Repeat the process using the strips of fabric pre-mordanted with alum and alum/cream of tartar. In each case, compare the colours that you get with those obtained using unmordanted fabric.
Modifying with citric acid – take one of the unmordanted, dyed strips and rinse it thoroughly in cold water. Simmer it for one hour in 100cm3 of boiling water to which a pinch of citric acid has been added. Stir the solution occasionally. Remove the fabric, rinse with cold water and leave it to dry.
Repeat the process using strips of fabric pre-mordanted with alum and alum/cream of tartar. In each case, compare the colours that you get with those obtained using unmordanted fabric.
Modifying with washing soda – repeat the above modifying process, but this time add a pinch of washing soda to the water instead of citric acid.
Modifying with ferrous sulfate – the effect of ferrous sulfate as a modifier is quite dramatic, and even a cold, very dilute solution will produce a result. Add about 10mg of ferrous sulfate to 100cm3 of cold water and use this as the modifier on the unmordanted and mordanted fabric.
Leave the strips to soak in this solution, stirring occasionally, for 1 hour, then rinse with water and dry. You'll need to estimate very roughly how much 10mg corresponds to: if your ferrous sulfate is in the form of 100mg tablets, 10mg corresponds to 1/10th of a tablet. Don’t worry, the amount you use need only be very approximate.
The range of colours that can be obtained from onion skins. Those in the top row are unmordanted, those in the middle row were obtained using an alum mordant, and those in the bottom row an alum/cream of tartar mordant. From left to right, the fabrics were mordanted with washing soda, citric acid and ferrous sulfate. The strips in the far-right column were unmordanted.
Repeat the above procedure, but this time use about 100mg of ferrous sulfate and simmer for 5 minutes. You will see what effect different modifying conditions have.
Repeat the procedure once more. This time use about 500mg of the ferrous sulfate and simmer for 1 hour.
You could try the following variations to see if you can produce a wider range of shades or colours:
- Mordant the fabric twice before dyeing. After mordanting once, do not rinse the cotton strips, simply squeeze them out and allow them to dry. Then wet the strips with water, before adding them to a freshly prepared mordant solution and repeating the mordanting process. Be sure to rinse the strips well before dyeing.
- Mordant the fabric before and after dyeing.
- Use onions with red skins. You could also experiment with other natural dye sources. Table 2 makes some suggestions.
- Try different mordants and/or modifiers.
- Experiment with different dyeing, mordanting and modifying temperatures, times and quantities.
Use different fabrics.
Be sure to record all of your observations as you make them, so that you can compare the results obtained using these different strategies.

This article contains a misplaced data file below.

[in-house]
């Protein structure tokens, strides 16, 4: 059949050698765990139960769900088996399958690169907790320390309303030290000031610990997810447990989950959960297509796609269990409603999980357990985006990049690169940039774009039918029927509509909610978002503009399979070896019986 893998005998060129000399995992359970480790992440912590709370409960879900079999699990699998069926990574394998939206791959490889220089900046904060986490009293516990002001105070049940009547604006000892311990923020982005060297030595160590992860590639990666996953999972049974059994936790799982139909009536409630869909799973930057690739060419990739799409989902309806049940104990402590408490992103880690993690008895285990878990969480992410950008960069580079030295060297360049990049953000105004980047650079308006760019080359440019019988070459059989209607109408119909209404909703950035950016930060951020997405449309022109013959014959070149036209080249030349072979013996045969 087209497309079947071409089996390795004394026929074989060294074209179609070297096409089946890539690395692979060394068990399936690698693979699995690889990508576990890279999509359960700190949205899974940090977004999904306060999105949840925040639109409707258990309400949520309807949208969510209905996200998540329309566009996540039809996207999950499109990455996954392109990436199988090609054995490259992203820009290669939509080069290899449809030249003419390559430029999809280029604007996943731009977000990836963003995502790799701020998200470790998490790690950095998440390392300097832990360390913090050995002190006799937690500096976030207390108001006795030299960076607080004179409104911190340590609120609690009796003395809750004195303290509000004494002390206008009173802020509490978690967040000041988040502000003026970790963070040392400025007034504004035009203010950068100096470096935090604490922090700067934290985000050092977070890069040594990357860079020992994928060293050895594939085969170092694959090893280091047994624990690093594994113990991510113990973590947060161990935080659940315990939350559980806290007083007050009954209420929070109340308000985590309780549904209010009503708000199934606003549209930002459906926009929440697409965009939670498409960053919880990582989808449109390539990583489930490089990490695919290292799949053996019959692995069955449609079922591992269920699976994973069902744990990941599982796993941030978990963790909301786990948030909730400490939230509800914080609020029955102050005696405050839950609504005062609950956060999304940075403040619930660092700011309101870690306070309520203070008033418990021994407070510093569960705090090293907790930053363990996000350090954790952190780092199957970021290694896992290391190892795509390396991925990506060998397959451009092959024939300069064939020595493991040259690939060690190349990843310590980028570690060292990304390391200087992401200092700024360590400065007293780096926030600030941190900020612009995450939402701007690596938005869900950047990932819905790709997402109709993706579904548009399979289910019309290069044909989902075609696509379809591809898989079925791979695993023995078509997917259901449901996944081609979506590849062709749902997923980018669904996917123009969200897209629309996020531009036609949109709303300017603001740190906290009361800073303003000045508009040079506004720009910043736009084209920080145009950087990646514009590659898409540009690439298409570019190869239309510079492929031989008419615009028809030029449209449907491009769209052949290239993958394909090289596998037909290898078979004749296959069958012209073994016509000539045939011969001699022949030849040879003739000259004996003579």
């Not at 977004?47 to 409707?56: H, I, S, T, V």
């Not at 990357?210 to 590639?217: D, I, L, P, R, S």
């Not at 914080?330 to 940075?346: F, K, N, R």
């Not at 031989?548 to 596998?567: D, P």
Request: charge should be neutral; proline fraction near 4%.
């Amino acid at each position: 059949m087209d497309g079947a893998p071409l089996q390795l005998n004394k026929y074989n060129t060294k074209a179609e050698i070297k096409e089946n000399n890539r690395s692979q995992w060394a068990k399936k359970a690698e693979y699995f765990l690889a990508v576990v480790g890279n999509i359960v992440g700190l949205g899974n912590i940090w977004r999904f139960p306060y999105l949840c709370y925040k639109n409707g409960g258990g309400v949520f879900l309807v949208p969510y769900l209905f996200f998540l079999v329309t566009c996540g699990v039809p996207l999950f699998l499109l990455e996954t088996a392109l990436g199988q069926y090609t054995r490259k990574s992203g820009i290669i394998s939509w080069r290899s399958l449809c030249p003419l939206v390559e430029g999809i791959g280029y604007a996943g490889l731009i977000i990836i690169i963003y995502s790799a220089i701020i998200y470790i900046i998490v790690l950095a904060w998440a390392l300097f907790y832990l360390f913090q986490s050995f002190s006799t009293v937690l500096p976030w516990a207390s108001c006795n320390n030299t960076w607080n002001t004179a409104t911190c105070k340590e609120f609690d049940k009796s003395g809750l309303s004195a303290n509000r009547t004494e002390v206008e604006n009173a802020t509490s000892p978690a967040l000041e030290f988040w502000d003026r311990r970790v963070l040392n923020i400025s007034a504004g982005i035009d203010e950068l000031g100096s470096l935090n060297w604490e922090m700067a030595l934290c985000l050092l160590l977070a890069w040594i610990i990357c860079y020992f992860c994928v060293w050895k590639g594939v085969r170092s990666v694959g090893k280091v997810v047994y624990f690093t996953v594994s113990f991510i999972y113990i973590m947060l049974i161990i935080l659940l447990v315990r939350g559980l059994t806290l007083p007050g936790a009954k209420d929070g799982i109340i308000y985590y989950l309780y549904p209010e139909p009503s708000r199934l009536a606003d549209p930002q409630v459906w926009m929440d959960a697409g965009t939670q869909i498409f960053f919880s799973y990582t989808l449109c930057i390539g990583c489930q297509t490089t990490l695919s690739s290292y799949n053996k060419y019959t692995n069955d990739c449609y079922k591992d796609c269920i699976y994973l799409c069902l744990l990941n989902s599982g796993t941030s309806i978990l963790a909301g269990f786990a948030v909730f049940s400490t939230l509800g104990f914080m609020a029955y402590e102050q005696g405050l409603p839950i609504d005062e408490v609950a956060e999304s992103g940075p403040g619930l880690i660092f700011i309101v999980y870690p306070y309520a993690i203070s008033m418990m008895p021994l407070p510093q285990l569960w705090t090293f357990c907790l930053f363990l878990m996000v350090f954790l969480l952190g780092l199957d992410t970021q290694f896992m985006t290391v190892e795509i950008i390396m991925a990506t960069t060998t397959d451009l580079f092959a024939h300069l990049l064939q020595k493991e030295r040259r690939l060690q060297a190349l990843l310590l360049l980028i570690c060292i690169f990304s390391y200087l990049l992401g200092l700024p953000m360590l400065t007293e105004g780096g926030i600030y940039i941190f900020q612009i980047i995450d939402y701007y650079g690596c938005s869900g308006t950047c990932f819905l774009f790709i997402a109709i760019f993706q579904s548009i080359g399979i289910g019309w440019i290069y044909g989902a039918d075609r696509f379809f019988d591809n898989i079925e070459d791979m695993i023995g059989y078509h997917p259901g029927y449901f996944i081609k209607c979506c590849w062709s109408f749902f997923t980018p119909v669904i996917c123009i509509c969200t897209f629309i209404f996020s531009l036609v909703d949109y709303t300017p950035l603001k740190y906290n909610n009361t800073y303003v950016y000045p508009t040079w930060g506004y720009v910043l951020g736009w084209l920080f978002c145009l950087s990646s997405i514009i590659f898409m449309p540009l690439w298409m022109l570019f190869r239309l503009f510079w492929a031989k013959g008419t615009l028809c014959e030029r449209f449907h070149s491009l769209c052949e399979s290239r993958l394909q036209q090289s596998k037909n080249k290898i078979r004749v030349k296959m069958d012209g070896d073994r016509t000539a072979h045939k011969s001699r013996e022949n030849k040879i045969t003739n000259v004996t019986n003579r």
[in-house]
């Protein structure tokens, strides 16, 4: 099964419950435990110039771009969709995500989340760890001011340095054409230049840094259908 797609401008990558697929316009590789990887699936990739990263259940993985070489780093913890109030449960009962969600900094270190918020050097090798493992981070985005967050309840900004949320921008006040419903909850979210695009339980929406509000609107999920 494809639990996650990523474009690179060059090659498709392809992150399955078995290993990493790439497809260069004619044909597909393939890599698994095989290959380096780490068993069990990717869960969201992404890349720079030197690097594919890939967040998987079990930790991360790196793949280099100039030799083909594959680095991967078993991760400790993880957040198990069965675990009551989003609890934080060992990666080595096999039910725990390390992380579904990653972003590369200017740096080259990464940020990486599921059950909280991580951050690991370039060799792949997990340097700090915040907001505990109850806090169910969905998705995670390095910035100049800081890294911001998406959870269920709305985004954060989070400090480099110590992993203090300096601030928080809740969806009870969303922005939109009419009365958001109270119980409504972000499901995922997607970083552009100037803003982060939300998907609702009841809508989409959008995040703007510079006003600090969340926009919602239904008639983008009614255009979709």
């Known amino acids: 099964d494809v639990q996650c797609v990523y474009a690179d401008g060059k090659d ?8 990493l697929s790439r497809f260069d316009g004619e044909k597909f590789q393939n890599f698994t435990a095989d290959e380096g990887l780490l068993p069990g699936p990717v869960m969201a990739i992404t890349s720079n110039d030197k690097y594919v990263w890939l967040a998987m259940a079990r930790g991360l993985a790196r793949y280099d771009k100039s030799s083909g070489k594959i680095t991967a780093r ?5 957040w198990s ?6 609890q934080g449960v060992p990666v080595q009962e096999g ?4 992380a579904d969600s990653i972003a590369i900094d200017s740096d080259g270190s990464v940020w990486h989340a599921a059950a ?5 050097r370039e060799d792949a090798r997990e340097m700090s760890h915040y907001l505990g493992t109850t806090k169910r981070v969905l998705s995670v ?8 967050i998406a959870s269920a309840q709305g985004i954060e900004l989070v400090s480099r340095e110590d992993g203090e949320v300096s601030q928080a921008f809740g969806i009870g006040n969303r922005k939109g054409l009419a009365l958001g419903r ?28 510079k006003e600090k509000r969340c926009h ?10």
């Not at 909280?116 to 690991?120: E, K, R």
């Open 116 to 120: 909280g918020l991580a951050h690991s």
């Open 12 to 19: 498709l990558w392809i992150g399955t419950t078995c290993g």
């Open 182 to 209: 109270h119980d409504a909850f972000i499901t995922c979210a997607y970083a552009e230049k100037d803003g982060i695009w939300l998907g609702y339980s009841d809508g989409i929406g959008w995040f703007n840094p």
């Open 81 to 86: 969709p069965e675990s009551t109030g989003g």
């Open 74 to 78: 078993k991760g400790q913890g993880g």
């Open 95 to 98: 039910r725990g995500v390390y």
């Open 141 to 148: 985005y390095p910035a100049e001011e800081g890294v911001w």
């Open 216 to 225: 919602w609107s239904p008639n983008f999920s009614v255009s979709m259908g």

Book 4 of ST240, Our Chemical Environment, The Open University
Dean J., Wild Colour, Mitchell Beazley
Edmonds J., The History and Practice of 18th-Century Dyeing
Fibrecrafts catalogue, available from 1 Old Portsmouth Road, Peasmarsh, Guildford, Surrey
Ingamells W., Colour for Textiles: A user’s handbook, Society of Dyers and Colourists
Barrow J. D., The Artful Universe, Oxford University Press
A quite remarkable book that will change the way you view the world. Extremely accessible.
Burton et al., Chemical Storylines, G. Heinemann Educational Publishers
Part of the Salters Advanced Chemistry course, which explores the frontiers of research and the applications of contemporary chemistry. For A level and other science courses aimed at 16 to 19-year olds.
Fraser A. and Gilchrist I., Starting Science (Book 1), Oxford University Press
Part of an integrated science course for the National Curriculum Key Stage 3 and Scottish Environmental Studies (science) for S1 and S2.
Northedge A. et al., The Sciences Good Study Guide, The Open University
Indispensable for students of science, technology, mathematics and engineering. Packed with practical exercises and activities, all aimed at making studying more enjoyable and rewarding. Lots of hints and tips for those returning to study.
Selinger B., Chemistry in the Marketplace, 5th edn., Harcourt Brace
An excellent and informative reference source for all kinds of real-life applications of chemistry. Explores the world of chemistry that surrounds us in our daily lives, explained in terms that everyone can understand. ‘Makes chemistry come alive.’
PS547 Chemistry for Science Teachers course materials, The Open University, 1992
A course designed for use by science teachers from a wide variety of backgrounds, with varying experience of teaching science. A familiarity with some basic science (perhaps physics or biology) is assumed, but little understanding of chemistry is required. The mathematical understanding needed for the course is not demanding.